Tips for Keeping Seasonal Allergy Symptoms in Check

An expert from Health First Medical Group shares how to handle the season
Photo by HbrH / Getty Images Plus

Runny nose, sneezing and itchy, watery eyes — all this means you are probably one of the millions of Americans who suffer from seasonal allergies.

These allergies are the body’s immune response to inhaled pollen that varies with the seasons. 

Springtime in Florida can be particularly challenging for allergy sufferers as pollen from trees, weeds and grasses trigger symptoms.

Most Floridians start dealing with the miseries of spring allergies in January, when there is a hint of warm weather and the trees start blooming and releasing pollen in the air.

If you are an allergy sufferer, there are things you can do to prevent some symptoms and relieve others — so you don’t have to give up enjoying outdoor activities this spring.

Taking over-the-counter antihistamines can provide relief from mild seasonal allergy symptoms. 

Nasal sprays and saline eye drops can also offer some symptom relief as they help get pollen out of your nasal passages and eyes.

There is no way to completely avoid outdoor pollen, but these types of medications can help you deal with some of your symptoms.

Other tips for helping you ease the symptoms of seasonal allergies include:

  • Wear a face mask when doing yard work to limit the amount of pollen that gets into your respiratory passages, and wear a hat and sunglasses to keep pollen out of your eyes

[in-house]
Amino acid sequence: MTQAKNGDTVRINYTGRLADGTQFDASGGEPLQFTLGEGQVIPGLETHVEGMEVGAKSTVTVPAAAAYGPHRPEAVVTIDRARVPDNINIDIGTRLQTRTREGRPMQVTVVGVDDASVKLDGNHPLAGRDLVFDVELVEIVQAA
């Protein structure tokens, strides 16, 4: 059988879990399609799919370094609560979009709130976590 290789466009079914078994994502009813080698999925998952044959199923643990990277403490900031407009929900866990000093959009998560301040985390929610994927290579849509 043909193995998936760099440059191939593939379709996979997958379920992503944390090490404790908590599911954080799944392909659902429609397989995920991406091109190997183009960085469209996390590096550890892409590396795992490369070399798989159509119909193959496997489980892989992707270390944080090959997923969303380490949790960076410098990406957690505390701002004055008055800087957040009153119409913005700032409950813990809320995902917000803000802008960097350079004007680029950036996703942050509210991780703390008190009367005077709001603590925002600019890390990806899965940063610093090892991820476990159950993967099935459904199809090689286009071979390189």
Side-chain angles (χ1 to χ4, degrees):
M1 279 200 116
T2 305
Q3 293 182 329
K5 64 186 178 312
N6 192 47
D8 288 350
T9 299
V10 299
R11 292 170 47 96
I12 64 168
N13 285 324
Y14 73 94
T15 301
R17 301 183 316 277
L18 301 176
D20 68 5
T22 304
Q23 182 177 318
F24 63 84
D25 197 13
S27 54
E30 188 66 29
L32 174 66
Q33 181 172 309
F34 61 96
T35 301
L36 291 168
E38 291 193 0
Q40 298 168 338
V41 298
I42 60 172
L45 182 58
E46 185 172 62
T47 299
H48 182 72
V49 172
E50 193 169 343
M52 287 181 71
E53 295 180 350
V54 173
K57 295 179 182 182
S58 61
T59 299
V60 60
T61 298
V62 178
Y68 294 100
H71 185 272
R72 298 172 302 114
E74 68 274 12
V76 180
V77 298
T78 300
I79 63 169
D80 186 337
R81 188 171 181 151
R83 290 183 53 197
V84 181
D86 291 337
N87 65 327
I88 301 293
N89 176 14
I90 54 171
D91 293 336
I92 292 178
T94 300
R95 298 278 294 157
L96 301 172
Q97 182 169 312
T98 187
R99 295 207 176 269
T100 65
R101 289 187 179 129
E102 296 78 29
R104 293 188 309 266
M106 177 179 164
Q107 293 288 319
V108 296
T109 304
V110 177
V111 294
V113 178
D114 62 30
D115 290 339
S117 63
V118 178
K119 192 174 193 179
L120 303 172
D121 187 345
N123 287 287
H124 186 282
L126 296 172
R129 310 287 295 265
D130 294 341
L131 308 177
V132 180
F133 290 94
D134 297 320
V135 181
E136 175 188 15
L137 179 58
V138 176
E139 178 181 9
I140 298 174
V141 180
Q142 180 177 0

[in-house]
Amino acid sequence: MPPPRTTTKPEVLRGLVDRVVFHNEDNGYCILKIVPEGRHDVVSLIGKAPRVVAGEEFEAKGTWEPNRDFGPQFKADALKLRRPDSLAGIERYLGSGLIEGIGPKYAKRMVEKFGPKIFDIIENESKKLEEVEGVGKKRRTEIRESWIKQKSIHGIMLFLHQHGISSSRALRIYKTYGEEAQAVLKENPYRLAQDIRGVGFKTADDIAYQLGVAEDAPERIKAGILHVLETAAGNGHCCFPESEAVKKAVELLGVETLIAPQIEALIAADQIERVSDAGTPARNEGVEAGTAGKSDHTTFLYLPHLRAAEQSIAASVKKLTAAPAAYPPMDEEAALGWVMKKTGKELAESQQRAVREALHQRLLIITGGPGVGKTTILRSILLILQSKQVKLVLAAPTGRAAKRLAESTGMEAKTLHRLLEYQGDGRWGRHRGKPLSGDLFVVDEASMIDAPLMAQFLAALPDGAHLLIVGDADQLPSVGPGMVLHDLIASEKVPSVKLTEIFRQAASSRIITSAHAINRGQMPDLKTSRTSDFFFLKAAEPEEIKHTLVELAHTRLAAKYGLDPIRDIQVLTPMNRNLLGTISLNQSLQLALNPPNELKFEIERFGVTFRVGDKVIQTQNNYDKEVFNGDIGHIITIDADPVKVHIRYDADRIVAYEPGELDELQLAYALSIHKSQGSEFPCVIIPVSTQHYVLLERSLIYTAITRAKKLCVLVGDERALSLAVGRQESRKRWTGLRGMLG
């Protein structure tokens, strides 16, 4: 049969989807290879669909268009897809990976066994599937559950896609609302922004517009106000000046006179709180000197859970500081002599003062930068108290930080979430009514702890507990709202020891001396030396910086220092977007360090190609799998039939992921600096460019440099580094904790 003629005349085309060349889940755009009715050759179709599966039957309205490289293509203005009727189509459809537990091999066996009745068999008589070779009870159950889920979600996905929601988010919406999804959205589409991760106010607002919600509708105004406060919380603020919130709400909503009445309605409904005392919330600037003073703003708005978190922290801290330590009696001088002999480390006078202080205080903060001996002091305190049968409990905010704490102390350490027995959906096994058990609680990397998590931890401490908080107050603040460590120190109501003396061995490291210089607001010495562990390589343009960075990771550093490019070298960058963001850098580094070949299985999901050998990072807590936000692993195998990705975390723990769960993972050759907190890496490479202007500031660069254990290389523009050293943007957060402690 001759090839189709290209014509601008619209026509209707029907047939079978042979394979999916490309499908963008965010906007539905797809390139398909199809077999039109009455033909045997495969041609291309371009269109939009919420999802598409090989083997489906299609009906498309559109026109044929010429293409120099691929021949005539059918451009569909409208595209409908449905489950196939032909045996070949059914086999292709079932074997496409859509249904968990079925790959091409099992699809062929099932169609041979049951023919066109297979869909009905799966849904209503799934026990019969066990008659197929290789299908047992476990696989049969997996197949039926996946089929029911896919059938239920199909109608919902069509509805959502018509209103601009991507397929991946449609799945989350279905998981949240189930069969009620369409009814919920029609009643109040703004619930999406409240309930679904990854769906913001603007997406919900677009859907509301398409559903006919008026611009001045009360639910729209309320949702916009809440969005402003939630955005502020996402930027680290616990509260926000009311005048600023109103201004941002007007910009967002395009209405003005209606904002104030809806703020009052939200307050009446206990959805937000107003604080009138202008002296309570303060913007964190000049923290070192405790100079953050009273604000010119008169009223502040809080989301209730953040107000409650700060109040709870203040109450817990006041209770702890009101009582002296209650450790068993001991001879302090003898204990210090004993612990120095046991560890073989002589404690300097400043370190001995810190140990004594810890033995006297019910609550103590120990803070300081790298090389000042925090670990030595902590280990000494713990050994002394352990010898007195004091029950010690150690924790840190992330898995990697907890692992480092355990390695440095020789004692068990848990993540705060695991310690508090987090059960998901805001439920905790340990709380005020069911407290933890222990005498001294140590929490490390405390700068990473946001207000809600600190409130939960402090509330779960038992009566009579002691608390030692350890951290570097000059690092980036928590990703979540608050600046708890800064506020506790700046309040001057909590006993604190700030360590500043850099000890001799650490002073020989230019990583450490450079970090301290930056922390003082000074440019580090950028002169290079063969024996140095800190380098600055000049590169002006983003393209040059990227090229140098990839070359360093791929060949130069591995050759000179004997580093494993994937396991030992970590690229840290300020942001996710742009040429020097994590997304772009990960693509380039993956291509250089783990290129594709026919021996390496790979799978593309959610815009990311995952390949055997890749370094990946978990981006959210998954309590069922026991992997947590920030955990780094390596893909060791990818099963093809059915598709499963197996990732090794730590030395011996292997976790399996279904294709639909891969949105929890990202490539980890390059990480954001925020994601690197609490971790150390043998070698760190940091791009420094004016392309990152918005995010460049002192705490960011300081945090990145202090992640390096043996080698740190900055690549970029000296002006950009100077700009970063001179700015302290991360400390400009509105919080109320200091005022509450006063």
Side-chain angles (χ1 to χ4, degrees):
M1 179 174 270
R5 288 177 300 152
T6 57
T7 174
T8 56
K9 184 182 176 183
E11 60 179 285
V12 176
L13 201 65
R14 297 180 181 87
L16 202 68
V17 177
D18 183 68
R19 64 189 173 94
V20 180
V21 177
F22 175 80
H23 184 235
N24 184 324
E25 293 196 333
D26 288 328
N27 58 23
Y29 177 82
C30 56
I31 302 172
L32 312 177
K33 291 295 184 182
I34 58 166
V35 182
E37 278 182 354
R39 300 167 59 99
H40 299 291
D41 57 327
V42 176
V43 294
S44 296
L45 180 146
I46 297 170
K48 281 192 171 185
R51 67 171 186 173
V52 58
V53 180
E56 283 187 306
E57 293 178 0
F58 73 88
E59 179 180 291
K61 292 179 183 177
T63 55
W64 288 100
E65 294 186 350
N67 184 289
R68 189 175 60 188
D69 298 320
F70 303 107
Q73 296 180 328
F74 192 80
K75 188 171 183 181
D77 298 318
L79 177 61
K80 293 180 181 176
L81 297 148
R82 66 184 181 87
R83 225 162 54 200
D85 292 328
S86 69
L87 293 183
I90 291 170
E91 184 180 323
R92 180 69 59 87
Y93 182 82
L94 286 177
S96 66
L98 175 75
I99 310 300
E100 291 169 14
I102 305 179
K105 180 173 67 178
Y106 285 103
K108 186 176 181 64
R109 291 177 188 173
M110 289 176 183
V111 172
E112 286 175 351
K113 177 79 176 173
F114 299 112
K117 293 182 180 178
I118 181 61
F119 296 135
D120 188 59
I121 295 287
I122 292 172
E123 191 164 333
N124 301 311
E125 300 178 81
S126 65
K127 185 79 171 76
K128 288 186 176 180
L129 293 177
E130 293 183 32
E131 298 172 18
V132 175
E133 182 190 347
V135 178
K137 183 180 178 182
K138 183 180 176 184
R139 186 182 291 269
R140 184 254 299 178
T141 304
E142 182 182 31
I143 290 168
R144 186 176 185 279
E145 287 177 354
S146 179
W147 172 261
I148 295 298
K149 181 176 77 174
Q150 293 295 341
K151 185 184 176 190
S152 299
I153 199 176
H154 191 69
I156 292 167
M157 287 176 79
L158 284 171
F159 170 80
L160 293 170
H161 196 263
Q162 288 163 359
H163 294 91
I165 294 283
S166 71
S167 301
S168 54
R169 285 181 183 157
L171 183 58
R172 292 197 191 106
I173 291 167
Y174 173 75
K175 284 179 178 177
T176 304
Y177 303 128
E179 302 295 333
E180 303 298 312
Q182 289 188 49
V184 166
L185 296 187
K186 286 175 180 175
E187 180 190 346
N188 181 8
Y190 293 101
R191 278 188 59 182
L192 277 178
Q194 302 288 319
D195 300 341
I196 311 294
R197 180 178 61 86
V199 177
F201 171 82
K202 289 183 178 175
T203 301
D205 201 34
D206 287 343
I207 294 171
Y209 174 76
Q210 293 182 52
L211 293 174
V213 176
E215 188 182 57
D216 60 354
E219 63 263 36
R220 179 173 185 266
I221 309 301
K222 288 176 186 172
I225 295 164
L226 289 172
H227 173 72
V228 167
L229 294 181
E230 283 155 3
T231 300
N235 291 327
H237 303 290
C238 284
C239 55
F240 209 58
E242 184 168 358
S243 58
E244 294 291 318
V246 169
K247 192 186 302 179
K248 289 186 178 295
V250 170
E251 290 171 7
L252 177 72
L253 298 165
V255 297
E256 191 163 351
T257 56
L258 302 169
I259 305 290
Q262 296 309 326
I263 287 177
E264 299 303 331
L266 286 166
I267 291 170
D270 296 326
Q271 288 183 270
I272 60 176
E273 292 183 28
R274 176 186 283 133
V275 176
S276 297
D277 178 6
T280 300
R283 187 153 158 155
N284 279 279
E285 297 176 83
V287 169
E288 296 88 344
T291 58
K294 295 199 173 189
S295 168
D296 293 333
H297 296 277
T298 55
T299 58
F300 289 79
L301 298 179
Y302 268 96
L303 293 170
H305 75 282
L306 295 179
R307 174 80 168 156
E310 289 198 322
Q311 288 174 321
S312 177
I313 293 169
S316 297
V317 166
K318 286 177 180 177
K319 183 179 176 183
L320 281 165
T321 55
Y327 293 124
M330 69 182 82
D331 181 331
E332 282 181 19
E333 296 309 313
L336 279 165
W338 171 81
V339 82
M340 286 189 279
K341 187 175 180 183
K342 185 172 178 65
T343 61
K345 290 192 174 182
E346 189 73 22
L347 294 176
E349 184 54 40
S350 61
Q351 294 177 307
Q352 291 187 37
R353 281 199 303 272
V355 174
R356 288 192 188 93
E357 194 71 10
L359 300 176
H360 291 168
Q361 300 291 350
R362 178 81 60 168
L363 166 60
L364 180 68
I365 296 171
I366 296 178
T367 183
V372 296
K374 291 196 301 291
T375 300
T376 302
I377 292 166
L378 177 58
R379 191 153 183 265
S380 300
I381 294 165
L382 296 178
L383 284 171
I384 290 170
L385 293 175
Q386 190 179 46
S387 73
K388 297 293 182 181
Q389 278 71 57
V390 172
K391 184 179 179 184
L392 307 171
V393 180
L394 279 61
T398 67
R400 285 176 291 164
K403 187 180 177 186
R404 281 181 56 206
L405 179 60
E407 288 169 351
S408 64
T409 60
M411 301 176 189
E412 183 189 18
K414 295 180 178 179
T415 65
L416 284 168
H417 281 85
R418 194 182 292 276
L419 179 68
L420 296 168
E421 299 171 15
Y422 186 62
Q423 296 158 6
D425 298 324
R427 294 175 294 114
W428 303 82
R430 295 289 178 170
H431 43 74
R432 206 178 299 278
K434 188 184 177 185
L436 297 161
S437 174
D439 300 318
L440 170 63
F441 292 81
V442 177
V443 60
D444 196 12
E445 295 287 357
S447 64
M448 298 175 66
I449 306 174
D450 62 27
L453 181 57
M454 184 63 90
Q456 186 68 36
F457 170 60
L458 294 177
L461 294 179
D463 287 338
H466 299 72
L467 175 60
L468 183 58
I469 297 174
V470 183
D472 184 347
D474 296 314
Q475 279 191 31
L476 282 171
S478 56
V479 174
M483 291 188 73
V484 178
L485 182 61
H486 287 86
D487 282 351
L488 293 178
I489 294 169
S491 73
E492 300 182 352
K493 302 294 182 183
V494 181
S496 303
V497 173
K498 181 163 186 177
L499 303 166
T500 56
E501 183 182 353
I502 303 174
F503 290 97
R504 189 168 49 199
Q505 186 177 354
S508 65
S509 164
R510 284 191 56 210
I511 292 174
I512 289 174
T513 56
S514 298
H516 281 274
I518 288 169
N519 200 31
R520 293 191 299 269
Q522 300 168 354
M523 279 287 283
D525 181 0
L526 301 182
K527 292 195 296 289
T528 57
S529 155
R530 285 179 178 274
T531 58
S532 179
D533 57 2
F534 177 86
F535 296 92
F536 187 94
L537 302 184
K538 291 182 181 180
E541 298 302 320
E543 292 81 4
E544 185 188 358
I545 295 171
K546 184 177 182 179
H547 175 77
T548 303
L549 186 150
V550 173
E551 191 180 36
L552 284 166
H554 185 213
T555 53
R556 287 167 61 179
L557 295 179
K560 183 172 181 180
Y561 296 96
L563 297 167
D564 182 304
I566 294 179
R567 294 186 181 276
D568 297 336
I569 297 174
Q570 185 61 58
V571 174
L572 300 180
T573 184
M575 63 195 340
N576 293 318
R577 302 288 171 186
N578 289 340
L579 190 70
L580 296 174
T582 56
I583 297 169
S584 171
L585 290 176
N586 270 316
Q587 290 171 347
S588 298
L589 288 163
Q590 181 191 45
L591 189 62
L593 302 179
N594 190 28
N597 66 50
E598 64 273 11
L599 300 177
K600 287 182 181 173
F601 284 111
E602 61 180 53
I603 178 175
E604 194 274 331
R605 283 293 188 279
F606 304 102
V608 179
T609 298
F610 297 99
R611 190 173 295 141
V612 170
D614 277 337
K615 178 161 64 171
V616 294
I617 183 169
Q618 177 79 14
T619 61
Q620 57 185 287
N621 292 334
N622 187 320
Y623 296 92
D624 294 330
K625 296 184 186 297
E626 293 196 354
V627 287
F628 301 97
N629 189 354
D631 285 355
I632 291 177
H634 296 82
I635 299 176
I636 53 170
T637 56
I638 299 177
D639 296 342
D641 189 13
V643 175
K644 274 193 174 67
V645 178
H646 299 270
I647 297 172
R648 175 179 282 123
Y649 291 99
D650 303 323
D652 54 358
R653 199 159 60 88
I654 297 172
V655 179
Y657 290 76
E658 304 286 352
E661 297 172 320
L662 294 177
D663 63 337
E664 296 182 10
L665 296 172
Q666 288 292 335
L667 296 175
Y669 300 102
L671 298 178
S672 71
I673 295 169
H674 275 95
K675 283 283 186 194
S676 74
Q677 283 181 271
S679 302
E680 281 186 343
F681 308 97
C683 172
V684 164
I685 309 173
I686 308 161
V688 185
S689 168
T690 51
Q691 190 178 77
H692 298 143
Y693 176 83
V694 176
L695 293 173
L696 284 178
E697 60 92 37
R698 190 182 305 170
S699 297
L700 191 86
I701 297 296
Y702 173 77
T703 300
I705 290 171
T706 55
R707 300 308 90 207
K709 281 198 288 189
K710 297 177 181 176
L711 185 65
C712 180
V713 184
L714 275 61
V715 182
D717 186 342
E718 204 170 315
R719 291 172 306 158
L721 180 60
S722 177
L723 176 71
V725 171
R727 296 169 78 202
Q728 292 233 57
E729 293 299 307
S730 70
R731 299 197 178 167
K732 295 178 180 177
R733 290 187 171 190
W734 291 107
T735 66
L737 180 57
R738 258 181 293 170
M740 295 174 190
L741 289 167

• Close your windows to keep pollen out of your house
  • Avoid tracking pollen into your house by removing your shoes and changing your clothes when you come in from outdoor activities
  • Dust and vacuum regularly to help keep pollen at bay

If your symptoms are poorly controlled with over-the-counter medication, then allergy testing and a consultation with an allergist can help determine if you have seasonal allergies and the types of pollen you’re allergic to.

Seasonal allergies are not separate from animal and perennial allergies. That means dust, dog and cat allergies can intensify your symptoms. 

Testing can help identify causes, better predict reactions and more effectively treat symptoms.

After examination, your allergist can recommend appropriate allergy injections that can help subdue symptoms. There are also prescription options that might work better for you than over-the-counter choices.  

Don’t let allergy symptoms keep you indoors this spring. Try some of the tips outlined above to manage your seasonal allergies.

If over-the-counter medications and pollen-proofing yourself and your environment don’t provide relief, be sure to see an allergist to formulate a treatment plan to keep your seasonal allergy symptoms in check.


Dr. Sullivan is board certified in otolaryngology-head and neck surgery. He is an ENT with Health First Medical Group.

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